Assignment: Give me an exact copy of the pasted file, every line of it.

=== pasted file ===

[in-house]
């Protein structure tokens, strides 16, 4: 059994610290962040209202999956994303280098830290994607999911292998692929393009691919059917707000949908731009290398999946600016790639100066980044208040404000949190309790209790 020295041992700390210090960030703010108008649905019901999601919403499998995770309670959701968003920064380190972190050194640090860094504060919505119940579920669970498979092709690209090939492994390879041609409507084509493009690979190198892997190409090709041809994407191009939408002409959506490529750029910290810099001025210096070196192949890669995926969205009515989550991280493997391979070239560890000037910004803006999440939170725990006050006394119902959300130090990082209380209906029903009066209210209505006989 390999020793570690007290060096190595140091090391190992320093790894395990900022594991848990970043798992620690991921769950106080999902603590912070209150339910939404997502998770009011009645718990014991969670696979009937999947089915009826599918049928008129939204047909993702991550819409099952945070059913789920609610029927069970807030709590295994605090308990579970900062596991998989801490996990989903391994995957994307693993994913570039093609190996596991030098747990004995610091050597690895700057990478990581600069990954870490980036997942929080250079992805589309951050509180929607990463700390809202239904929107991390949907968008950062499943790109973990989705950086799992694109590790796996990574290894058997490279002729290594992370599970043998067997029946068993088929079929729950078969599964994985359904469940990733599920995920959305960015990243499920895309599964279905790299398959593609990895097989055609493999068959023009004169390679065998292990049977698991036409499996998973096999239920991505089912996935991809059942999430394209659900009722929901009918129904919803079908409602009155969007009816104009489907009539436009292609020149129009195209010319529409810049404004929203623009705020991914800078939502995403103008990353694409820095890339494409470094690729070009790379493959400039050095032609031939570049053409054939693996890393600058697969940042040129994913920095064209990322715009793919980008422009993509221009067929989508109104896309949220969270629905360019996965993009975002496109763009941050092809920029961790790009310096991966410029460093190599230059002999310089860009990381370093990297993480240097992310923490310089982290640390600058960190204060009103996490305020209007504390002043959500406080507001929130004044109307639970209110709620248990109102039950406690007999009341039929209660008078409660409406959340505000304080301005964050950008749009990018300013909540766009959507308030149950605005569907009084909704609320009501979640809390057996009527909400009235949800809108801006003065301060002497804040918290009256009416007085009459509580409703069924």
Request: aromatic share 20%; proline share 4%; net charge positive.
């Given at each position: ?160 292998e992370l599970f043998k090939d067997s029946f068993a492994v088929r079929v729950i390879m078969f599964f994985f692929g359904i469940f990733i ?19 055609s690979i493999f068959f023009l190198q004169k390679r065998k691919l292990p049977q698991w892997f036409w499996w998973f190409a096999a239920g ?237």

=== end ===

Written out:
[in-house]
């Protein structure tokens, strides 16, 4: 059994610290962040209202999956994303280098830290994607999911292998692929393009691919059917707000949908731009290398999946600016790639100066980044208040404000949190309790209790 020295041992700390210090960030703010108008649905019901999601919403499998995770309670959701968003920064380190972190050194640090860094504060919505119940579920669970498979092709690209090939492994390879041609409507084509493009690979190198892997190409090709041809994407191009939408002409959506490529750029910290810099001025210096070196192949890669995926969205009515989550991280493997391979070239560890000037910004803006999440939170725990006050006394119902959300130090990082209380209906029903009066209210209505006989 390999020793570690007290060096190595140091090391190992320093790894395990900022594991848990970043798992620690991921769950106080999902603590912070209150339910939404997502998770009011009645718990014991969670696979009937999947089915009826599918049928008129939204047909993702991550819409099952945070059913789920609610029927069970807030709590295994605090308990579970900062596991998989801490996990989903391994995957994307693993994913570039093609190996596991030098747990004995610091050597690895700057990478990581600069990954870490980036997942929080250079992805589309951050509180929607990463700390809202239904929107991390949907968008950062499943790109973990989705950086799992694109590790796996990574290894058997490279002729290594992370599970043998067997029946068993088929079929729950078969599964994985359904469940990733599920995920959305960015990243499920895309599964279905790299398959593609990895097989055609493999068959023009004169390679065998292990049977698991036409499996998973096999239920991505089912996935991809059942999430394209659900009722929901009918129904919803079908409602009155969007009816104009489907009539436009292609020149129009195209010319529409810049404004929203623009705020991914800078939502995403103008990353694409820095890339494409470094690729070009790379493959400039050095032609031939570049053409054939693996890393600058697969940042040129994913920095064209990322715009793919980008422009993509221009067929989508109104896309949220969270629905360019996965993009975002496109763009941050092809920029961790790009310096991966410029460093190599230059002999310089860009990381370093990297993480240097992310923490310089982290640390600058960190204060009103996490305020209007504390002043959500406080507001929130004044109307639970209110709620248990109102039950406690007999009341039929209660008078409660409406959340505000304080301005964050950008749009990018300013909540766009959507308030149950605005569907009084909704609320009501979640809390057996009527909400009235949800809108801006003065301060002497804040918290009256009416007085009459509580409703069924």
Request: aromatic share 20%; proline share 4%; net charge positive.
């Given at each position: ?160 292998e992370l599970f043998k090939d067997s029946f068993a492994v088929r079929v729950i390879m078969f599964f994985f692929g359904i469940f990733i ?19 055609s690979i493999f068959f023009l190198q004169k390679r065998k691919l292990p049977q698991w892997f036409w499996w998973f190409a096999a239920g ?237």